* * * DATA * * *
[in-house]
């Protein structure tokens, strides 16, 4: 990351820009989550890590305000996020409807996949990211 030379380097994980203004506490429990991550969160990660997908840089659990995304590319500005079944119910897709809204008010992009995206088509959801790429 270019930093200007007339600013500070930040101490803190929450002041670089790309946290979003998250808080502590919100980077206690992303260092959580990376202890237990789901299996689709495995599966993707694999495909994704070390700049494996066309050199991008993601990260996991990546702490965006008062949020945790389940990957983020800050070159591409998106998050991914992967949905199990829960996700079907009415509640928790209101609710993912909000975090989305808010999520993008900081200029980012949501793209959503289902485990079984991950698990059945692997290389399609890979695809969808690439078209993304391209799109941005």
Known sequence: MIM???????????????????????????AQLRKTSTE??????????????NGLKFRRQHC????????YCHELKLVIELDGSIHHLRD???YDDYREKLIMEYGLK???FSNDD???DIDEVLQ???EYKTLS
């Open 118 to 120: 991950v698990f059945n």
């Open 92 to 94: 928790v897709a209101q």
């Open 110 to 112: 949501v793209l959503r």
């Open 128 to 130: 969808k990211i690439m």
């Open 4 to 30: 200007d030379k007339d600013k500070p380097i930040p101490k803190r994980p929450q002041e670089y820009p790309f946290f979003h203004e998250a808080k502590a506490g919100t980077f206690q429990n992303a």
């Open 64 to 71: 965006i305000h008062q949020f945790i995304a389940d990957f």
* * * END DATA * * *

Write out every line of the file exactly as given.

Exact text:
[in-house]
């Protein structure tokens, strides 16, 4: 990351820009989550890590305000996020409807996949990211 030379380097994980203004506490429990991550969160990660997908840089659990995304590319500005079944119910897709809204008010992009995206088509959801790429 270019930093200007007339600013500070930040101490803190929450002041670089790309946290979003998250808080502590919100980077206690992303260092959580990376202890237990789901299996689709495995599966993707694999495909994704070390700049494996066309050199991008993601990260996991990546702490965006008062949020945790389940990957983020800050070159591409998106998050991914992967949905199990829960996700079907009415509640928790209101609710993912909000975090989305808010999520993008900081200029980012949501793209959503289902485990079984991950698990059945692997290389399609890979695809969808690439078209993304391209799109941005």
Known sequence: MIM???????????????????????????AQLRKTSTE??????????????NGLKFRRQHC????????YCHELKLVIELDGSIHHLRD???YDDYREKLIMEYGLK???FSNDD???DIDEVLQ???EYKTLS
């Open 118 to 120: 991950v698990f059945n």
């Open 92 to 94: 928790v897709a209101q």
């Open 110 to 112: 949501v793209l959503r």
């Open 128 to 130: 969808k990211i690439m």
């Open 4 to 30: 200007d030379k007339d600013k500070p380097i930040p101490k803190r994980p929450q002041e670089y820009p790309f946290f979003h203004e998250a808080k502590a506490g919100t980077f206690q429990n992303a």
């Open 64 to 71: 965006i305000h008062q949020f945790i995304a389940d990957f």